Nonetheless, James Still writes in The Virgin Birth and Childhood Mysteries of Christ:
"As time went by it could be seen that the Kingdom of God was delayed. Among the Hellenized Jews and the Greek pagans who were considering conversion to Christianity, this delay posed more questions than answers. Additionally, Greek pagans, from which Christianity was to draw its converts and eventually thrive, were naturally skeptical of any new savior and the heavenly rewards they might promise. These Greeks had to pick and choose among the dozens of mystery cults and gods that had sprung up, each promising riches and eternal bliss in a heavenly afterlife. Jesus had little to offer these Greeks. He was, by all accounts, a mortal Jewish messiah, speaking only to the sons of Abraham and telling them to prepare the way of the Lord who would build a new Jerusalem especially for his chosen people. The Marcan Jesus that was known to his followers during the middle-to-late first-century (before the gospels of Matthew, Luke, and John) shared none of the attributes of the time-honored moral-savior deities of Dionysus or Herakles. Jesus’ later-added attribute of virgin-birth [was] necessary if Jesus was to be made acceptable to the pagans of the Hellenized world."
But then, neither of the two birth accounts concerning Dionysus suggest a virgin birth. According to one legend, Dionysus is the product of Zeus and Persephone. Hera becomes insanely jealous and tries to destroy the infant by sending the Titans to kill him. Zeus comes to the rescue, but it is too late. The Titans had eaten everything but Dionysus’ heart. Zeus then takes the heart and implants it into the womb of Semele. In the second legend, Zeus impregnates a mortal woman, Semele, much to the jealousy of Hera. Hera convinces Semele to ask Zeus to reveal his glory to her but because no mortal can look upon the gods and live. Semele is instantly incinerated. Zeus then takes the fetal Dionysus and sews him into his own thigh until his birth. As we can see, no virgin birth takes place, but this is how Dionysus is said to have become a rebirth deity, as he is twice born in the womb.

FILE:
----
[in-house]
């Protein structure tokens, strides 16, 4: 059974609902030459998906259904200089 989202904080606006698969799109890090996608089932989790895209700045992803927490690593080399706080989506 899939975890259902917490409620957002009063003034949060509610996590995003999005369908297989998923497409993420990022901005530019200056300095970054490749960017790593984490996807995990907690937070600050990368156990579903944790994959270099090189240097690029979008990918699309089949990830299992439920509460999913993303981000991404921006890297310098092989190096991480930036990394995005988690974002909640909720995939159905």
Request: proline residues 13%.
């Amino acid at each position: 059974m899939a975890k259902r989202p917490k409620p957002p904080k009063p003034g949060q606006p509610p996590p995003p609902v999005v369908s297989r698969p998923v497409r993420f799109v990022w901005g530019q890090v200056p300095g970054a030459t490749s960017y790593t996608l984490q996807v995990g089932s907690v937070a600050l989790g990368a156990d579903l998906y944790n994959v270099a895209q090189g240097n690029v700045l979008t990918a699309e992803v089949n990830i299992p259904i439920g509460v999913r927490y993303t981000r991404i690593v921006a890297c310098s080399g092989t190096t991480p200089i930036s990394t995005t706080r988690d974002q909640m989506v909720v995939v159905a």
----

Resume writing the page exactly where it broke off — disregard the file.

Richard Carrier makes the case elsewhere that “Horus of Greece is described as first reigning a thousand years, then dying, then being buried for three days, at the end of which time he triumphed over Typhon, the evil principle, and rose again to life evermore.” But Carrier is wrong. The only connection we can make to Horus being resurrected is if we consider the eventual merger of Horus and Osiris. But such a theory is full of contradictions, apparently noticed by the Egyptians since they later altered their beliefs to fix the contradictions. In the Egyptian tale, Osiris is either dismembered by Set in battle or sealed in a chest and drowned in the Nile. Isis then pieces Osiris’ body back together and resurrects Osiris to conceive an heir that will avenge Osiris’ death (although technically Osiris is never actually resurrected, as he is forbidden to return to the world of the living).
The Infidels site is peppered with other such misinformation concerning pagan deities and the frequent allegation that the Christians “borrowed” material from them. Such a claim remains to be proven or even supported by the slightest evidence.
What is an infidel? – Conclusion
The Internet Infidels website is merely a repackaging of old conspiracy theories, as well as blatant misinformation and overstatements, almost all of which have long since been abandoned by the consensus of scholarship. Nonetheless, the infidels continue to attract a substantial volume of internet traffic. In history there is little that is certain, but there is also a level of skepticism that makes the task of the historian impossible. Moreover, the thesis that the early church borrowed material from ancient pagan religions and that Jesus never existed requires a selective skepticism about which sources are reliable and how others are to be properly interpreted. In the end, if the Internet Infidels are right in their contention that Jesus never lived, it makes Christianity a much more incredible phenomenon than if He did live. As the psalmist correctly testifies, “The fool has said in his heart, ‘There is no God’” (Psalm 14:1).